Low-Cost, High-Performance Nanostructured Thermal Barrier Coatings for Turbine Engine Applications

Award Information
Agency:
Department of Defense
Branch
Army
Amount:
$70,000.00
Award Year:
2001
Program:
SBIR
Phase:
Phase I
Contract:
DAAH10-01-C-0013
Award Id:
52743
Agency Tracking Number:
A002-2311
Solicitation Year:
n/a
Solicitation Topic Code:
n/a
Solicitation Number:
n/a
Small Business Information
12173 Montague Street, Pacoima, CA, 91331
Hubzone Owned:
N
Minority Owned:
N
Woman Owned:
N
Duns:
052405867
Principal Investigator:
David Scott
Research Engineer
(818) 899-0236
david.scott@ultramet.com
Business Contact:
Craig Ward
Engineering Admin. Mgr.
(818) 899-0236
craig.ward@ultramet.com
Research Institute:
n/a
Abstract
Brayton and combined-cycle (turbine) engines are widely used for a variety of applications, including aeropropulsion and power generation. The performance of turbine engines is limited by the allowable use temperature of their hot-section components. Dueto increasingly complex cooling passages and greater turbine temperature and life requirements, current protective coating compositions and deposition/application technologies are inadequate for future turbine engines. In this project, Ultramet willdevelop a low-cost, low temperature wet chemical synthesis and application technique to produce a superior thermal barrier coating (TBC) system consisting of high melting point, low thermal conductivity, low oxygen permeability oxides. The low oxygenpermeability and improved thermal insulation properties, particularly at higher temperatures, of this TBC system will be demonstrated through cyclic oxidation verification testing. This new TBC system for high temperature turbine engines will allowoperation at higher temperatures (>=2800¿F) while increasing the life and reducing the cost of such systems. Not only will the new coating system allow turbine engines to operate more economically, but it will also reduce coating cost relative to existingstate-of-the-art systems.The next-generation TBC system to be developed in this project will have improved thermal performance, longer life, and greater quality comparable to current coatings, with the potential for an 80-90% reduction in cost. ImprovedTBCs will have wide application to military and commercial propulsion and power generation systems, including turbine and reciprocating engines.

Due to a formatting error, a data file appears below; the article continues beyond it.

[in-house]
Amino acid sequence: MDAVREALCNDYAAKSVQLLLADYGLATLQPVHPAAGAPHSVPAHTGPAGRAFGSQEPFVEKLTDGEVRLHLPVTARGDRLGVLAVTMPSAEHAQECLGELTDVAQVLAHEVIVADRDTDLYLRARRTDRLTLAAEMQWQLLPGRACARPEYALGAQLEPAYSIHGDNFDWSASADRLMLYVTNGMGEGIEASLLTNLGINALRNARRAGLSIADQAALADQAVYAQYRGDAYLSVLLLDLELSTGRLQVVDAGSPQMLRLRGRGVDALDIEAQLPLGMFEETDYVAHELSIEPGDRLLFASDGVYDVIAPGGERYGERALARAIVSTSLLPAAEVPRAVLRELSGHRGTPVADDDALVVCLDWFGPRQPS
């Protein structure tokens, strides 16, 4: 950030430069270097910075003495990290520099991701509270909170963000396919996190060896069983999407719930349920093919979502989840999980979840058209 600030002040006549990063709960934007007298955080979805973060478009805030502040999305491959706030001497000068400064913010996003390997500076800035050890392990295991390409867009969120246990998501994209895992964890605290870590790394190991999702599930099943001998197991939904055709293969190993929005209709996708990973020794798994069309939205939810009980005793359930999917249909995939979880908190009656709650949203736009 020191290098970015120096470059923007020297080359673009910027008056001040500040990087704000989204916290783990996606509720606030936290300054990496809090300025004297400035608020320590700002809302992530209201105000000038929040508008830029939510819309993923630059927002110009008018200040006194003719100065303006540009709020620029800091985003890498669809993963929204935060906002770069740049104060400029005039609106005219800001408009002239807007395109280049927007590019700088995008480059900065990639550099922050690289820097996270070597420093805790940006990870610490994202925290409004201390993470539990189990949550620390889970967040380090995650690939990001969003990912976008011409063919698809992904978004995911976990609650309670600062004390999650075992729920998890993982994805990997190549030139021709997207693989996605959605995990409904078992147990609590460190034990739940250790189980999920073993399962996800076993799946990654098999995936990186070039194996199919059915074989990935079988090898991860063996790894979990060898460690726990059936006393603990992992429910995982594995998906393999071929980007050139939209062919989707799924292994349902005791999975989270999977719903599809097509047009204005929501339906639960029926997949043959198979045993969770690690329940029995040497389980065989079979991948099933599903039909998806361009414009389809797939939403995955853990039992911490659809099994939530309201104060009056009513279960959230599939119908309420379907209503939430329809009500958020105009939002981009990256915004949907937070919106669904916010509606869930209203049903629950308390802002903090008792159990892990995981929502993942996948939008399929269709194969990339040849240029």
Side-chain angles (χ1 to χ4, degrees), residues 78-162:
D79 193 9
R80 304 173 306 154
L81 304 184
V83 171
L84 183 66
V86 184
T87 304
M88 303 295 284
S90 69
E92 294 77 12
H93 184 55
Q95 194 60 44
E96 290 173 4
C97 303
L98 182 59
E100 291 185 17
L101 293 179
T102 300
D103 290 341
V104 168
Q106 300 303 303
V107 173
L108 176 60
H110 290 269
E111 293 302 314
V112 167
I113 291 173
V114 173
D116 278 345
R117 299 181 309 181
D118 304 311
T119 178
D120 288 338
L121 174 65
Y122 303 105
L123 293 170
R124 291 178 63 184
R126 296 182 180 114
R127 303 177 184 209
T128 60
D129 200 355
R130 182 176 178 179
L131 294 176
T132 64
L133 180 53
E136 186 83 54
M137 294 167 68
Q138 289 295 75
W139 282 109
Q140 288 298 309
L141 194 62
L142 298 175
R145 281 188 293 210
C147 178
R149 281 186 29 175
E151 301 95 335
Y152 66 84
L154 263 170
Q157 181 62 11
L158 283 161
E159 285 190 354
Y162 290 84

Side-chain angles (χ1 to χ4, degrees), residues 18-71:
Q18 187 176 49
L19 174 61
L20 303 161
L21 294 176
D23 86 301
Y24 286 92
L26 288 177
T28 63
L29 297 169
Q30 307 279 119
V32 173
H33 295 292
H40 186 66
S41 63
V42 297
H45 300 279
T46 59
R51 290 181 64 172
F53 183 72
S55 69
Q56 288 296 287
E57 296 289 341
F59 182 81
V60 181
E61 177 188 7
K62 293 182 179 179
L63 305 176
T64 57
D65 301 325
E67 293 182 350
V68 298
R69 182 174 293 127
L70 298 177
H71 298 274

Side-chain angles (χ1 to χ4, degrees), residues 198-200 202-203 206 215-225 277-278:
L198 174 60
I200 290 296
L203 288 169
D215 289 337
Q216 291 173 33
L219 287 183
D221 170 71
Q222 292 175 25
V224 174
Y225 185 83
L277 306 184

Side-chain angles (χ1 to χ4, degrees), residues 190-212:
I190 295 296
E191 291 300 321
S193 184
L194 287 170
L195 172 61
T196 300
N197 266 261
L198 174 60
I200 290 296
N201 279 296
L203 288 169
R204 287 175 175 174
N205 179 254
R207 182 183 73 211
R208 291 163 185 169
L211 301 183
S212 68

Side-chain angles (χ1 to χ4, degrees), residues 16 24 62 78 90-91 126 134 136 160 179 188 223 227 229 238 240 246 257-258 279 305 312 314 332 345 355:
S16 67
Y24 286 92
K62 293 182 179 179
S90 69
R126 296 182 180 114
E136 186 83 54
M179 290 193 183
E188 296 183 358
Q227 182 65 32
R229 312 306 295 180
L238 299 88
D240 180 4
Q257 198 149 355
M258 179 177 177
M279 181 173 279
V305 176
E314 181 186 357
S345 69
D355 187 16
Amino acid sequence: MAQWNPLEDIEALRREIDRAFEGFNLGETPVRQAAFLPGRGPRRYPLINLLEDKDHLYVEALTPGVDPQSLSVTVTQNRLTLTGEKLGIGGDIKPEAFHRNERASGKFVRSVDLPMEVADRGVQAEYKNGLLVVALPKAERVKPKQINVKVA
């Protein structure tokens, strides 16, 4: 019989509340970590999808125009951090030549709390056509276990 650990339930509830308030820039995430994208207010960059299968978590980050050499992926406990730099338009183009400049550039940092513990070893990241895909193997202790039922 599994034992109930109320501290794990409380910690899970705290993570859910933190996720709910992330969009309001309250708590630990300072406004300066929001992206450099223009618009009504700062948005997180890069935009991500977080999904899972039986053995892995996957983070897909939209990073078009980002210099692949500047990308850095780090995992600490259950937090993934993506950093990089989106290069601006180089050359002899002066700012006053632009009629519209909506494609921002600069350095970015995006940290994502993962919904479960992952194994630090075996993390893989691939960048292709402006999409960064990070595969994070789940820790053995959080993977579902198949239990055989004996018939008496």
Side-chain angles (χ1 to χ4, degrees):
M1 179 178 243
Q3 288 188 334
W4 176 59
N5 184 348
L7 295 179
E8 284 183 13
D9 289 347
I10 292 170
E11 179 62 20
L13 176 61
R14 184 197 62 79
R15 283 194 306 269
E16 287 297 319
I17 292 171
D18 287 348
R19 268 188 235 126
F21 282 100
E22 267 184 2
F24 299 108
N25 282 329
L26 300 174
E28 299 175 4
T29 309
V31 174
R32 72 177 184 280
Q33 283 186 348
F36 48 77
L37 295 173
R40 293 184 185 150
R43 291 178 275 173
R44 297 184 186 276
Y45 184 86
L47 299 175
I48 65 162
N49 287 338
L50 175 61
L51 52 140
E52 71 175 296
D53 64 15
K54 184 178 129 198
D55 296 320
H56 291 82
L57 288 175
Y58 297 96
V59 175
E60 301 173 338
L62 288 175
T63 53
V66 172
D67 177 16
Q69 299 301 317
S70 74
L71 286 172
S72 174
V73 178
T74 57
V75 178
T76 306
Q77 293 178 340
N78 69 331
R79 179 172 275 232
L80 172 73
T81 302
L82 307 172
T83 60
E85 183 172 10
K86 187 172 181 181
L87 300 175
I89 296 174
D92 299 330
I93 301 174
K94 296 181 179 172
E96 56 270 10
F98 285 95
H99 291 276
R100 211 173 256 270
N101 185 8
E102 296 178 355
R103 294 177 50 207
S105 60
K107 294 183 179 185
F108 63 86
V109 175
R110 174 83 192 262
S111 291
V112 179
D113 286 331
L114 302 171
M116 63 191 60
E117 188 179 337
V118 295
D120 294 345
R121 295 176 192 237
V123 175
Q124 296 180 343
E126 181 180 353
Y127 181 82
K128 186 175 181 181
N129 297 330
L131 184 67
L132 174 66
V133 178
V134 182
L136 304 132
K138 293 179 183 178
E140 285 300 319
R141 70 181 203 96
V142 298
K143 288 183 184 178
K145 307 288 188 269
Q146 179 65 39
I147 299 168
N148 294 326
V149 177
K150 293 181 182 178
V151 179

* information listed above is at the time of submission.

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